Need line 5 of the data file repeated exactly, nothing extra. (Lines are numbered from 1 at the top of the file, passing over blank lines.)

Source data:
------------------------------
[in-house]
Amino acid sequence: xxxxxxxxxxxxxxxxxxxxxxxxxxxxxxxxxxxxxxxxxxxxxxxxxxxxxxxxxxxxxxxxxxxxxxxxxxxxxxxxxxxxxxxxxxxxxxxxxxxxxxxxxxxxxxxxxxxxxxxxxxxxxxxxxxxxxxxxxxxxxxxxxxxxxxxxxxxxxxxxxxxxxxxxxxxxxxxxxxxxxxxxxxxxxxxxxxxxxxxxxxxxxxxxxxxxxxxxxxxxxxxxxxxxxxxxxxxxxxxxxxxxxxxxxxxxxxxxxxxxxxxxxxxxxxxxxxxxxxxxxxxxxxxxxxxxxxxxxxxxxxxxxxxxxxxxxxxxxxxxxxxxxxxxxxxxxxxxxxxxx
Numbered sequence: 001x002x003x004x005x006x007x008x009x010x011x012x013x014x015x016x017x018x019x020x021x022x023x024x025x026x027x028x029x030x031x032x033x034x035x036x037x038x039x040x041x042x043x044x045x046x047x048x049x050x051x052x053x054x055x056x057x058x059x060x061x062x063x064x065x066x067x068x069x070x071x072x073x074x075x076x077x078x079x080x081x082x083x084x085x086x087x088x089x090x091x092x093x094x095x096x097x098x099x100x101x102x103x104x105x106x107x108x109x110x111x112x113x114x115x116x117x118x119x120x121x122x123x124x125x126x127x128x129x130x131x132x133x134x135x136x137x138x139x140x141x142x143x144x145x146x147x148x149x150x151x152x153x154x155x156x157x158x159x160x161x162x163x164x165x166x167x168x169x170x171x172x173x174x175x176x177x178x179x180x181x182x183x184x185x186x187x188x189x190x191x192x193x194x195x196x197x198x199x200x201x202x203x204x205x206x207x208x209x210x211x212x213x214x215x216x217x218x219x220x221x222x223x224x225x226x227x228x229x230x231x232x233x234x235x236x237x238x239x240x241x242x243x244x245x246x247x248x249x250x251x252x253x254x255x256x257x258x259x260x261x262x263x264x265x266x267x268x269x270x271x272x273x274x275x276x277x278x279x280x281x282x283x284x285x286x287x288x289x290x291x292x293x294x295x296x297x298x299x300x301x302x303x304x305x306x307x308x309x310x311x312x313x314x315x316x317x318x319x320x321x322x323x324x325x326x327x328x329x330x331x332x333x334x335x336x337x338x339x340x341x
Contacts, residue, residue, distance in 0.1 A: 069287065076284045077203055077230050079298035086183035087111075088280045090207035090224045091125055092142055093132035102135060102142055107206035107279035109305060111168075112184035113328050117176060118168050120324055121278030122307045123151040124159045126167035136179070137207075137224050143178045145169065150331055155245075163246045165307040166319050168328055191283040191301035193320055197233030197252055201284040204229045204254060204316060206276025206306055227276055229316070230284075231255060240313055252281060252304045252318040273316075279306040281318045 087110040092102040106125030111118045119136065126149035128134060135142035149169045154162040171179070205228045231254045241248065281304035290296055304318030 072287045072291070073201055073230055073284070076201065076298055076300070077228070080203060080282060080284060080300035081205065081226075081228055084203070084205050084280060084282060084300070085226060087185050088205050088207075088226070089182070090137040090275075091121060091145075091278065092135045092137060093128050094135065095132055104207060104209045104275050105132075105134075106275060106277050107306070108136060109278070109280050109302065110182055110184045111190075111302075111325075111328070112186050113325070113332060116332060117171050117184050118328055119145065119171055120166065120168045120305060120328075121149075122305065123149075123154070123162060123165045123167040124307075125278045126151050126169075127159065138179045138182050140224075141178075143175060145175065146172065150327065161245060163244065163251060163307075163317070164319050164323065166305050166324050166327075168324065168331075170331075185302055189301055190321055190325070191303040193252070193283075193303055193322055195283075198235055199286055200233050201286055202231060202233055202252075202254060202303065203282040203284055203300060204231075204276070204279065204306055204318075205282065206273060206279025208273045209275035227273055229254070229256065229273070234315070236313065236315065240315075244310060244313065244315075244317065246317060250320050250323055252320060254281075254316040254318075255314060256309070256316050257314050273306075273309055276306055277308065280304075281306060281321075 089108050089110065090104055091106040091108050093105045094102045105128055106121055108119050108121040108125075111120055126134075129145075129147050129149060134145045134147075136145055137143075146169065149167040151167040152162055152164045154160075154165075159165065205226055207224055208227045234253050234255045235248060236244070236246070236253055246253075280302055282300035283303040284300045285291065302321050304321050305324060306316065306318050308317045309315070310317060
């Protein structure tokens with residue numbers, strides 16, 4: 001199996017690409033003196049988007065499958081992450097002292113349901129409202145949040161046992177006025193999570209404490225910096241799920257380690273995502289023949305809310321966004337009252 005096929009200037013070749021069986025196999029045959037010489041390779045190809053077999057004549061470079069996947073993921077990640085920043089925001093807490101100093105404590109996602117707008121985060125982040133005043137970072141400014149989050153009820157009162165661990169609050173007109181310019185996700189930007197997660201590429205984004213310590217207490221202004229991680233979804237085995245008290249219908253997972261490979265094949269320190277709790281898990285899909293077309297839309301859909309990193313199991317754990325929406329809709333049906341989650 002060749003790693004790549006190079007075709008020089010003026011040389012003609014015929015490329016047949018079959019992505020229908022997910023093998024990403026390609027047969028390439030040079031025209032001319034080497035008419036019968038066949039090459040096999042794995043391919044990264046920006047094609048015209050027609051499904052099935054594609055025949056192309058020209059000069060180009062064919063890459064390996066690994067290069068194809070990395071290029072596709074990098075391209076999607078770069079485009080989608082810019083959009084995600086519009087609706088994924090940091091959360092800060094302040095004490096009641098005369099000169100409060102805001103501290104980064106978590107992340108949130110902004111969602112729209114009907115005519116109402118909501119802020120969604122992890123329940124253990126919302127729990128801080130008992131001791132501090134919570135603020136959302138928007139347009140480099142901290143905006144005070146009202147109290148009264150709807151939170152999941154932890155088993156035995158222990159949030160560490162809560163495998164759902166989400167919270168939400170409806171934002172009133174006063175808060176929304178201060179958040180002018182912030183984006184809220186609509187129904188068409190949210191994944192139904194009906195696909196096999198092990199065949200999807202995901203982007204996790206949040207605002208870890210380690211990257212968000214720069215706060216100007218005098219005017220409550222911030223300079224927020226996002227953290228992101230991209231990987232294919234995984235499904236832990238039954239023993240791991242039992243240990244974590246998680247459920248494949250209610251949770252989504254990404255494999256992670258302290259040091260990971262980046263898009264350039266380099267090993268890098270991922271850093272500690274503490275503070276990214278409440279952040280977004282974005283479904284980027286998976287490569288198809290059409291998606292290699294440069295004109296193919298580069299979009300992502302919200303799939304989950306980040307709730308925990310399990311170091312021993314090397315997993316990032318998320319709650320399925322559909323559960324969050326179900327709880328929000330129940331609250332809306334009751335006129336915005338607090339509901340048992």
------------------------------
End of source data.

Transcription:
């Protein structure tokens with residue numbers, strides 16, 4: 001199996017690409033003196049988007065499958081992450097002292113349901129409202145949040161046992177006025193999570209404490225910096241799920257380690273995502289023949305809310321966004337009252 005096929009200037013070749021069986025196999029045959037010489041390779045190809053077999057004549061470079069996947073993921077990640085920043089925001093807490101100093105404590109996602117707008121985060125982040133005043137970072141400014149989050153009820157009162165661990169609050173007109181310019185996700189930007197997660201590429205984004213310590217207490221202004229991680233979804237085995245008290249219908253997972261490979265094949269320190277709790281898990285899909293077309297839309301859909309990193313199991317754990325929406329809709333049906341989650 002060749003790693004790549006190079007075709008020089010003026011040389012003609014015929015490329016047949018079959019992505020229908022997910023093998024990403026390609027047969028390439030040079031025209032001319034080497035008419036019968038066949039090459040096999042794995043391919044990264046920006047094609048015209050027609051499904052099935054594609055025949056192309058020209059000069060180009062064919063890459064390996066690994067290069068194809070990395071290029072596709074990098075391209076999607078770069079485009080989608082810019083959009084995600086519009087609706088994924090940091091959360092800060094302040095004490096009641098005369099000169100409060102805001103501290104980064106978590107992340108949130110902004111969602112729209114009907115005519116109402118909501119802020120969604122992890123329940124253990126919302127729990128801080130008992131001791132501090134919570135603020136959302138928007139347009140480099142901290143905006144005070146009202147109290148009264150709807151939170152999941154932890155088993156035995158222990159949030160560490162809560163495998164759902166989400167919270168939400170409806171934002172009133174006063175808060176929304178201060179958040180002018182912030183984006184809220186609509187129904188068409190949210191994944192139904194009906195696909196096999198092990199065949200999807202995901203982007204996790206949040207605002208870890210380690211990257212968000214720069215706060216100007218005098219005017220409550222911030223300079224927020226996002227953290228992101230991209231990987232294919234995984235499904236832990238039954239023993240791991242039992243240990244974590246998680247459920248494949250209610251949770252989504254990404255494999256992670258302290259040091260990971262980046263898009264350039266380099267090993268890098270991922271850093272500690274503490275503070276990214278409440279952040280977004282974005283479904284980027286998976287490569288198809290059409291998606292290699294440069295004109296193919298580069299979009300992502302919200303799939304989950306980040307709730308925990310399990311170091312021993314090397315997993316990032318998320319709650320399925322559909323559960324969050326179900327709880328929000330129940331609250332809306334009751335006129336915005338607090339509901340048992």